This course explores the concept and the social and intellectual phenomenon of “orthodoxy” (literally: “true opinion” or “straitened belief”). Orthodoxy is commonly defined as “truth or sound belief according to an authoritative norm” (Encyclopaedia of Religion). The aim of the course is, in the first instance, to stimulate students to think deeply about how truth-claims come to be established in community as authoritative, normative and natural; that is, as “the truth” – exemplified in the phrase, “We hold these truths to be self-evident”. It is further to stimulate students to think about the social and discursive consequences of truth – how society behaves with truth, and how truth ‘behaves’ in society. The relationship between truth and authority will be treated through a close reading of relevant theory and case studies drawn from different fields (including history, philosophy, literary criticism, cultural studies, sociology, psychology, religion, history of science, media studies, and jurisprudence) with particular attention to the influence of social, institutional, political and discursive formations. Students should emerge from the course with an informed understanding of the processes by which truth is effected, affected and invested, and with a developed ability to interrogate and deconstruct that which is presented as being true, normative and just.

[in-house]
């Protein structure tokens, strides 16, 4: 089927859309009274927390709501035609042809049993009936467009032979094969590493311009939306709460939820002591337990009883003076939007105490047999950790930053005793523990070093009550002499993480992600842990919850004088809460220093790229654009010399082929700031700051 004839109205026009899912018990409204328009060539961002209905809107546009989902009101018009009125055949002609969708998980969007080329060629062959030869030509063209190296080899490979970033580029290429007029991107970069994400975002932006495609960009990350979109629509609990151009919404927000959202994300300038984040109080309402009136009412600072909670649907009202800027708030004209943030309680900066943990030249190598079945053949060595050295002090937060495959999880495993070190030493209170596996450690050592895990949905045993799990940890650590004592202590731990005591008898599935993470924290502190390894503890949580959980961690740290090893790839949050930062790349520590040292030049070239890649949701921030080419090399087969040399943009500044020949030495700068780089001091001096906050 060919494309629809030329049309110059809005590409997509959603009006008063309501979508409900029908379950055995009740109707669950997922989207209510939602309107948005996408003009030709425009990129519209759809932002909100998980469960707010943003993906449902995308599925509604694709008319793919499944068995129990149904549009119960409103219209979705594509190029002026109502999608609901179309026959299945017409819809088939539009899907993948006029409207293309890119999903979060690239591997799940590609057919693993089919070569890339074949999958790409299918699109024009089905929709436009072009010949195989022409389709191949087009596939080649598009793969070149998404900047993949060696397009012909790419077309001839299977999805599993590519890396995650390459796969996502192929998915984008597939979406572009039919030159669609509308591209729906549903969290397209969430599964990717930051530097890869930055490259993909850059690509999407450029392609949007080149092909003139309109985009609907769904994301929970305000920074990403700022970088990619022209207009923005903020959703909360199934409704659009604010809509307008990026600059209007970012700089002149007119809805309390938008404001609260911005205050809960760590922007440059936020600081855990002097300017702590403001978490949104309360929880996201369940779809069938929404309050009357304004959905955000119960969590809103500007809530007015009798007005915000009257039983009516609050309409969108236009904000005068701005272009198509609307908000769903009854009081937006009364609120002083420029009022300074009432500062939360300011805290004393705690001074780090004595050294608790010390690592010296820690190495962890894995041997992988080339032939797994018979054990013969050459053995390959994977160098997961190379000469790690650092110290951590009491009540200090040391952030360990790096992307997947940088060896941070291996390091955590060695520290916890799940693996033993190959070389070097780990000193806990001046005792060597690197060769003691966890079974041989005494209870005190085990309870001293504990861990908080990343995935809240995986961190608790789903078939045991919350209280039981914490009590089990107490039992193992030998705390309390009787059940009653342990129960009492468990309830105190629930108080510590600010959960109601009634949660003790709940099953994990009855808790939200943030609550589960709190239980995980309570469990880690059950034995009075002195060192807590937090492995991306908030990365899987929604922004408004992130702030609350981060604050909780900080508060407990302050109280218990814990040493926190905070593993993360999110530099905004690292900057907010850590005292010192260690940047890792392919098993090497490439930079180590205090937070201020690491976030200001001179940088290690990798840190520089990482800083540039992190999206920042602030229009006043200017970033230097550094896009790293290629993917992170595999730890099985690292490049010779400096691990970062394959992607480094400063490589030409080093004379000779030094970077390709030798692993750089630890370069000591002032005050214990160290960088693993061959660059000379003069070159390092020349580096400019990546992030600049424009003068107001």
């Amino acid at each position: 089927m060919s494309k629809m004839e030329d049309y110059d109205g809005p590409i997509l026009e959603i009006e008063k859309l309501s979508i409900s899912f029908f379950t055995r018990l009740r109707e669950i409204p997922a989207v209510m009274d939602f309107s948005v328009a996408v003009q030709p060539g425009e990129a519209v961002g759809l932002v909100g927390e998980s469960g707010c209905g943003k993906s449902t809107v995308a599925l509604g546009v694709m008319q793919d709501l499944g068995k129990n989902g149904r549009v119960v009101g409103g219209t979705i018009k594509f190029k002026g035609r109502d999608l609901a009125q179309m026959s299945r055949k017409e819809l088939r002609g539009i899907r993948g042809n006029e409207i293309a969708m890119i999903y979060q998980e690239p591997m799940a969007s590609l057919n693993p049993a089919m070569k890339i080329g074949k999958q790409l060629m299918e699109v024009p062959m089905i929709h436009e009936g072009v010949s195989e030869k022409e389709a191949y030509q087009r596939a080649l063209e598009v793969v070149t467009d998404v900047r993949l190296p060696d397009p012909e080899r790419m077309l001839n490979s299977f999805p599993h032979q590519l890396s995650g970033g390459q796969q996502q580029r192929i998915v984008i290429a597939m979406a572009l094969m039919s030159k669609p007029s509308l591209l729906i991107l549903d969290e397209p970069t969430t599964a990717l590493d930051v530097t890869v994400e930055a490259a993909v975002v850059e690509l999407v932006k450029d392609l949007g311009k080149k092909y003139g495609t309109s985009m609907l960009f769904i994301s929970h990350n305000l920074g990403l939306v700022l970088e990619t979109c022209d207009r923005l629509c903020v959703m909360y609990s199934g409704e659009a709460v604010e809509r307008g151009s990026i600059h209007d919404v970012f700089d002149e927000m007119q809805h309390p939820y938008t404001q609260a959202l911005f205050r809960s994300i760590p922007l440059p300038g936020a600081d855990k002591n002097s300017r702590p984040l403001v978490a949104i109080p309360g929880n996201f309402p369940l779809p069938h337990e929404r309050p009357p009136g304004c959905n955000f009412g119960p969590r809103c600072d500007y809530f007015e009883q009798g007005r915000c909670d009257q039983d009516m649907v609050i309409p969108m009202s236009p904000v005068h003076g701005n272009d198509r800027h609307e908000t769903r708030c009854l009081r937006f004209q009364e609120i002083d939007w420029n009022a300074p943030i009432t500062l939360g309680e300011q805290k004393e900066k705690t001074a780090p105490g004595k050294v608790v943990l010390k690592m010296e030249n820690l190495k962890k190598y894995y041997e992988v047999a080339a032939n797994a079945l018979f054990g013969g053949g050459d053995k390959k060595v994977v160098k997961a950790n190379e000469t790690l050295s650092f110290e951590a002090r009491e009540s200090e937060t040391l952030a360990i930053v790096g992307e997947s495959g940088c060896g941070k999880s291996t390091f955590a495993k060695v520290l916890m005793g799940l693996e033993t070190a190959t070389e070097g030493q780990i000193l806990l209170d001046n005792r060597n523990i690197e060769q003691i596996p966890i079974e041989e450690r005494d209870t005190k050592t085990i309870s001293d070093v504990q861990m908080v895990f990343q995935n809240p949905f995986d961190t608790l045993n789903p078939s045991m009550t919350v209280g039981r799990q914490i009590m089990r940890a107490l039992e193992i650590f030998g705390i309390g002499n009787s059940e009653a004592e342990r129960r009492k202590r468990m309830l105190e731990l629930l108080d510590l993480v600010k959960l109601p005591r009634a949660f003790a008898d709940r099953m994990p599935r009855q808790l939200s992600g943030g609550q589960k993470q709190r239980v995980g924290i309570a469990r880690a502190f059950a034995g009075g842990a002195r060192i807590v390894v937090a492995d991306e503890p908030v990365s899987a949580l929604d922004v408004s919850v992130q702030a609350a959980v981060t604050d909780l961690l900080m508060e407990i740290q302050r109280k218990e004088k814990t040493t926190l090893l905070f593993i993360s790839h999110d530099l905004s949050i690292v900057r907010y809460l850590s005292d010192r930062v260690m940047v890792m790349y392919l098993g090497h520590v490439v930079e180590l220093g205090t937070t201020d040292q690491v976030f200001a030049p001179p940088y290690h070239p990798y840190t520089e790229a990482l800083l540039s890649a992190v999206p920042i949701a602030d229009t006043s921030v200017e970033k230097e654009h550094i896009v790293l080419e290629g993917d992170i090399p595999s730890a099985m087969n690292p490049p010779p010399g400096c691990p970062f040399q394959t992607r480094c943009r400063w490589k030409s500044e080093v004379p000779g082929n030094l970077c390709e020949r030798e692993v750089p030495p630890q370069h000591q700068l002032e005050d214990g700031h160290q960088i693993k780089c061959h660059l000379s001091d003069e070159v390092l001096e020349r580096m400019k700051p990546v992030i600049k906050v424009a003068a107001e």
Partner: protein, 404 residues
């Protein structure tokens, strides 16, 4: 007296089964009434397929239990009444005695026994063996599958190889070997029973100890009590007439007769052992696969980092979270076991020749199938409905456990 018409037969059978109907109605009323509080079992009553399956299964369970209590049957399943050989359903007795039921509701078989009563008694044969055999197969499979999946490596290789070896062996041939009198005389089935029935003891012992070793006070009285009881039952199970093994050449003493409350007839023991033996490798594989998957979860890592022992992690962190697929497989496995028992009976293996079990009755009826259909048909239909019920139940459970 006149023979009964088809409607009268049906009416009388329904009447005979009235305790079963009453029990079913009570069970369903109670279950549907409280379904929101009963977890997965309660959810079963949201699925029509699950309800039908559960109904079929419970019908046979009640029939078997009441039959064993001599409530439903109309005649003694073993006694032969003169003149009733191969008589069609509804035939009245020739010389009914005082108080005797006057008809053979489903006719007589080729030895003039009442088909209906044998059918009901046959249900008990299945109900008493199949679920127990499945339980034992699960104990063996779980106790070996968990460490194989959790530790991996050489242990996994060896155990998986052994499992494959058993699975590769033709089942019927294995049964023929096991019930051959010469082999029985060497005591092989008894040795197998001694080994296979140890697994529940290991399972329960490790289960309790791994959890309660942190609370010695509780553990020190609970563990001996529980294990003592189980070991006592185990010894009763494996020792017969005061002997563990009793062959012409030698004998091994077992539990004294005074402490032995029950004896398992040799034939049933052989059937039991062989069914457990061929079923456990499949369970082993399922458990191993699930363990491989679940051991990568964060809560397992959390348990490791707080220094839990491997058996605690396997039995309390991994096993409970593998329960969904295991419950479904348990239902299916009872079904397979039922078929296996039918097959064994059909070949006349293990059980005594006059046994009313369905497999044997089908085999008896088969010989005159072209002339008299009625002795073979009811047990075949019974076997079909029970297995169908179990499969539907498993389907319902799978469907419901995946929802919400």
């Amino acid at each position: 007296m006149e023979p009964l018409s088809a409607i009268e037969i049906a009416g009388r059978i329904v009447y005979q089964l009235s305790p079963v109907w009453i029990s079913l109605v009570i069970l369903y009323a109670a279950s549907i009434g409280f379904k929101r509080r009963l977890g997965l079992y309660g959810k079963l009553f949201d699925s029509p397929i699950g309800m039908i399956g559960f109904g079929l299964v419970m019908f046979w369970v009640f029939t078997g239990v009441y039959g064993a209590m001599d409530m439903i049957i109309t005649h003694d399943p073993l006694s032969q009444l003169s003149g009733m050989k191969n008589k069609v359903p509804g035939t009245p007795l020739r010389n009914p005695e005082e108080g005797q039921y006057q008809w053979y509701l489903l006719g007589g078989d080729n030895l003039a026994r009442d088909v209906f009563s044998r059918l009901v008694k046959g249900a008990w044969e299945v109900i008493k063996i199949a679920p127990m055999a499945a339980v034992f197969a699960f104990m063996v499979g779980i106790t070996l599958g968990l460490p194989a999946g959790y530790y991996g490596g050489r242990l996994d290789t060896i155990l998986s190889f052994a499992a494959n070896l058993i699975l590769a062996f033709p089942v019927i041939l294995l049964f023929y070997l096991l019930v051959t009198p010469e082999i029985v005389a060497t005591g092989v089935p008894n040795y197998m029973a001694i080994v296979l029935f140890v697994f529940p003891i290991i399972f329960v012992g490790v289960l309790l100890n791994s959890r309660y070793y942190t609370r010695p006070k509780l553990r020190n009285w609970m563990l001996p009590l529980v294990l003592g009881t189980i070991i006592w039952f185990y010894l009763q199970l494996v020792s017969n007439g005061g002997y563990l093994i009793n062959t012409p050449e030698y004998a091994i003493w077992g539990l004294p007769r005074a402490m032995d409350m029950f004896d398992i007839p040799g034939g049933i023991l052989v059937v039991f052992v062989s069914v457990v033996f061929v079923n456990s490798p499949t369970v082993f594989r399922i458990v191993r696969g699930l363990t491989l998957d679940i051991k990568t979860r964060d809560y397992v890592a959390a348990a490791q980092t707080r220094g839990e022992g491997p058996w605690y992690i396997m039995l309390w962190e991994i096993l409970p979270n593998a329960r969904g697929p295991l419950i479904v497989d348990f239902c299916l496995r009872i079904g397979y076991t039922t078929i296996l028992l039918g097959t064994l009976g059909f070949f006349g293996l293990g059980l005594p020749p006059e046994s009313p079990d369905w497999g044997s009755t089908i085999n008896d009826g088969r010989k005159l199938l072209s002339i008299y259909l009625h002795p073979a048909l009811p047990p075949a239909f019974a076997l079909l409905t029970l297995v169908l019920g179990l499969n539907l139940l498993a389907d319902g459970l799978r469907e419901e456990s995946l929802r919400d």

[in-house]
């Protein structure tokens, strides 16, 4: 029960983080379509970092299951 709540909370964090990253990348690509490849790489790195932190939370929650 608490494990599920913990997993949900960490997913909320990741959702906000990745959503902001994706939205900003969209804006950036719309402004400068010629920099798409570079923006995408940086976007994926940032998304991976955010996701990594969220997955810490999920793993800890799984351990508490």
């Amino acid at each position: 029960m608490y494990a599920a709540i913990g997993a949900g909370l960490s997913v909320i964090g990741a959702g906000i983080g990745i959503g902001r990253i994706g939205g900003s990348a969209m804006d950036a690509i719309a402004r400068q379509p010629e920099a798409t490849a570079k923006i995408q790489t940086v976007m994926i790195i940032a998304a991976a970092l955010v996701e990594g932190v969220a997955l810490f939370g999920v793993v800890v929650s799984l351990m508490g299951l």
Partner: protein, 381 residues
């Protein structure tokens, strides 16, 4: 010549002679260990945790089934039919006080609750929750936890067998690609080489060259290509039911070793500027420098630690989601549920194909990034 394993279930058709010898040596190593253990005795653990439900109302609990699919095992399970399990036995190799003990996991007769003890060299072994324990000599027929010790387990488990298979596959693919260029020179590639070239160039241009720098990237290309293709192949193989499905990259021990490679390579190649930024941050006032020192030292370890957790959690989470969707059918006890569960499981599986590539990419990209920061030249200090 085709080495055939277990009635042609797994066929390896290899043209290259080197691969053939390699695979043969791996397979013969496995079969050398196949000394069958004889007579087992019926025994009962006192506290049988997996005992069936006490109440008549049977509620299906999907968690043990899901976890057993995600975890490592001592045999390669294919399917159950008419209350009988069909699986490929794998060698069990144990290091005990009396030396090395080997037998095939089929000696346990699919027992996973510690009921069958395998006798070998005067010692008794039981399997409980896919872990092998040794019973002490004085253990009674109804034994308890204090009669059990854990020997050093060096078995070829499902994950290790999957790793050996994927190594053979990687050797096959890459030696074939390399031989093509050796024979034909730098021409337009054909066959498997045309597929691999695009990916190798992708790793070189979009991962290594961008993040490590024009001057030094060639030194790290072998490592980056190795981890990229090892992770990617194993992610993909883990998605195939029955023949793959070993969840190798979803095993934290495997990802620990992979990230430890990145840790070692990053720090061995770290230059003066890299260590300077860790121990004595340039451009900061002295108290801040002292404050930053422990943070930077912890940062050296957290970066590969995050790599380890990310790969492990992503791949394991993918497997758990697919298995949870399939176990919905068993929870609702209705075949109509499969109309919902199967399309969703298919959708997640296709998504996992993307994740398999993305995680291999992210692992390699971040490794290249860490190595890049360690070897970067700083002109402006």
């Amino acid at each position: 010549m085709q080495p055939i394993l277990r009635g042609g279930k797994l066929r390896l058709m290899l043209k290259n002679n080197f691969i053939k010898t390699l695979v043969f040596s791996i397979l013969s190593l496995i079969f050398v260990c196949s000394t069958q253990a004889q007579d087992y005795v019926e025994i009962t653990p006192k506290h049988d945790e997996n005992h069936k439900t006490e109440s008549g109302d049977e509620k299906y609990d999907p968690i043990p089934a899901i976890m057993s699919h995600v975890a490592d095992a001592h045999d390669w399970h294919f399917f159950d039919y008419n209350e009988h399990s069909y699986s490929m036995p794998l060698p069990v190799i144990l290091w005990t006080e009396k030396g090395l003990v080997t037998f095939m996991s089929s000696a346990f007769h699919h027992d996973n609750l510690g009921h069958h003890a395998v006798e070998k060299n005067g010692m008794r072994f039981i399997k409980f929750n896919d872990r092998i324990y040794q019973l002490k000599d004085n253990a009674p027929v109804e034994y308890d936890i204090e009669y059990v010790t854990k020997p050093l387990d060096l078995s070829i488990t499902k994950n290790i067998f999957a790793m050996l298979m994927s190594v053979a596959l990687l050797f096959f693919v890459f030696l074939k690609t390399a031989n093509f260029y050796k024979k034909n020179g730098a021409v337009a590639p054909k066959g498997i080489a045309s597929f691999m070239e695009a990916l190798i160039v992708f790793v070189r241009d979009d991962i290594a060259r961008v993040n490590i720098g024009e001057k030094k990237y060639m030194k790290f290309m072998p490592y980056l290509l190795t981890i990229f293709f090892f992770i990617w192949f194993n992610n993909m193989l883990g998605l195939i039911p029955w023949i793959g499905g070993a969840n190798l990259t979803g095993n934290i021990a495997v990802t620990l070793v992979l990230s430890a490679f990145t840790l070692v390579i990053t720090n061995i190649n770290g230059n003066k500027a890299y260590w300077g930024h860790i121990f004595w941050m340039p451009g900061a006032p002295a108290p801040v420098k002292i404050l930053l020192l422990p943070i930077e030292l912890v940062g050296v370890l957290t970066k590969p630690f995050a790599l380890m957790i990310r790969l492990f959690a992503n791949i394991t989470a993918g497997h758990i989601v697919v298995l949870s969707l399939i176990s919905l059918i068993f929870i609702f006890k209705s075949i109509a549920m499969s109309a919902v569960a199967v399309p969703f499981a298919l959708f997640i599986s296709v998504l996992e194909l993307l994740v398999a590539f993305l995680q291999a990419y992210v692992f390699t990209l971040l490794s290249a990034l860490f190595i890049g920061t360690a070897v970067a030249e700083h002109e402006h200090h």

Note: This course will meet every other Tuesday for the full year, beginning September 9 for the fall and January 27 for the spring term.